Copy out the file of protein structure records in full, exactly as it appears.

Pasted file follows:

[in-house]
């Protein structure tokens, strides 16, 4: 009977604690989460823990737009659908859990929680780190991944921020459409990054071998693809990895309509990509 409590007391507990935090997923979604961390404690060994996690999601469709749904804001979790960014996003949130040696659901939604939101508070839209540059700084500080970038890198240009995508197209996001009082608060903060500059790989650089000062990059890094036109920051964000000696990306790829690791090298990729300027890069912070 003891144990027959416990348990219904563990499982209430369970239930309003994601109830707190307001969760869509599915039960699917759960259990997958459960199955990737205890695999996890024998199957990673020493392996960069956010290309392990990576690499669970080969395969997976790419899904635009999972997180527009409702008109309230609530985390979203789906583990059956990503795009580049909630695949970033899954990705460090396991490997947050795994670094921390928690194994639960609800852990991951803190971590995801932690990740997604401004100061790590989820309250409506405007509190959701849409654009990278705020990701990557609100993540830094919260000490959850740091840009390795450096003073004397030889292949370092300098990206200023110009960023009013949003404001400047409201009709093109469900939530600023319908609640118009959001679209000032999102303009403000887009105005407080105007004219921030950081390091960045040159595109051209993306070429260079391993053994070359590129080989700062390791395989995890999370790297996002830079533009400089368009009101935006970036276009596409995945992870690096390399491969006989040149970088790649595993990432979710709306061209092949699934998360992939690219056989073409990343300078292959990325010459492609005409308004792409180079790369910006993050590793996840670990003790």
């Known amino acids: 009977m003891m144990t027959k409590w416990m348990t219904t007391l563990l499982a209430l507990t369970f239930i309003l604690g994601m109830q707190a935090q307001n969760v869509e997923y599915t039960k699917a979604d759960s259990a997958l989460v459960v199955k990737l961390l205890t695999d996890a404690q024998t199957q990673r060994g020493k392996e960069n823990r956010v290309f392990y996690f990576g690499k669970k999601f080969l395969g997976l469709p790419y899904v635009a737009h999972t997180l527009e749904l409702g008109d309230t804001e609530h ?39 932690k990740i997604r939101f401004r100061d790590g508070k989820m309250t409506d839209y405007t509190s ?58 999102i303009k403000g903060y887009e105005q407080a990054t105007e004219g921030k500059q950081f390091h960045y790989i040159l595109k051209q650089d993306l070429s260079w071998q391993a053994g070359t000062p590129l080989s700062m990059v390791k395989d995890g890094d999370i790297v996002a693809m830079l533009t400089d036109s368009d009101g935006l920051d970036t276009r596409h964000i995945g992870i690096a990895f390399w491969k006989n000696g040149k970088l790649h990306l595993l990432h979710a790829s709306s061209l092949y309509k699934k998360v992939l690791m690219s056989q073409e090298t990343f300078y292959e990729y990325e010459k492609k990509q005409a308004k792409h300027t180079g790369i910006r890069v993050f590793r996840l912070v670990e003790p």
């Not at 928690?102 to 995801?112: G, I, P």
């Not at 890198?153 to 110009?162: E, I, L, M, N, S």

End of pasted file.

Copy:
[in-house]
């Protein structure tokens, strides 16, 4: 009977604690989460823990737009659908859990929680780190991944921020459409990054071998693809990895309509990509 409590007391507990935090997923979604961390404690060994996690999601469709749904804001979790960014996003949130040696659901939604939101508070839209540059700084500080970038890198240009995508197209996001009082608060903060500059790989650089000062990059890094036109920051964000000696990306790829690791090298990729300027890069912070 003891144990027959416990348990219904563990499982209430369970239930309003994601109830707190307001969760869509599915039960699917759960259990997958459960199955990737205890695999996890024998199957990673020493392996960069956010290309392990990576690499669970080969395969997976790419899904635009999972997180527009409702008109309230609530985390979203789906583990059956990503795009580049909630695949970033899954990705460090396991490997947050795994670094921390928690194994639960609800852990991951803190971590995801932690990740997604401004100061790590989820309250409506405007509190959701849409654009990278705020990701990557609100993540830094919260000490959850740091840009390795450096003073004397030889292949370092300098990206200023110009960023009013949003404001400047409201009709093109469900939530600023319908609640118009959001679209000032999102303009403000887009105005407080105007004219921030950081390091960045040159595109051209993306070429260079391993053994070359590129080989700062390791395989995890999370790297996002830079533009400089368009009101935006970036276009596409995945992870690096390399491969006989040149970088790649595993990432979710709306061209092949699934998360992939690219056989073409990343300078292959990325010459492609005409308004792409180079790369910006993050590793996840670990003790």
């Known amino acids: 009977m003891m144990t027959k409590w416990m348990t219904t007391l563990l499982a209430l507990t369970f239930i309003l604690g994601m109830q707190a935090q307001n969760v869509e997923y599915t039960k699917a979604d759960s259990a997958l989460v459960v199955k990737l961390l205890t695999d996890a404690q024998t199957q990673r060994g020493k392996e960069n823990r956010v290309f392990y996690f990576g690499k669970k999601f080969l395969g997976l469709p790419y899904v635009a737009h999972t997180l527009e749904l409702g008109d309230t804001e609530h ?39 932690k990740i997604r939101f401004r100061d790590g508070k989820m309250t409506d839209y405007t509190s ?58 999102i303009k403000g903060y887009e105005q407080a990054t105007e004219g921030k500059q950081f390091h960045y790989i040159l595109k051209q650089d993306l070429s260079w071998q391993a053994g070359t000062p590129l080989s700062m990059v390791k395989d995890g890094d999370i790297v996002a693809m830079l533009t400089d036109s368009d009101g935006l920051d970036t276009r596409h964000i995945g992870i690096a990895f390399w491969k006989n000696g040149k970088l790649h990306l595993l990432h979710a790829s709306s061209l092949y309509k699934k998360v992939l690791m690219s056989q073409e090298t990343f300078y292959e990729y990325e010459k492609k990509q005409a308004k792409h300027t180079g790369i910006r890069v993050f590793r996840l912070v670990e003790p």
């Not at 928690?102 to 995801?112: G, I, P």
């Not at 890198?153 to 110009?162: E, I, L, M, N, S």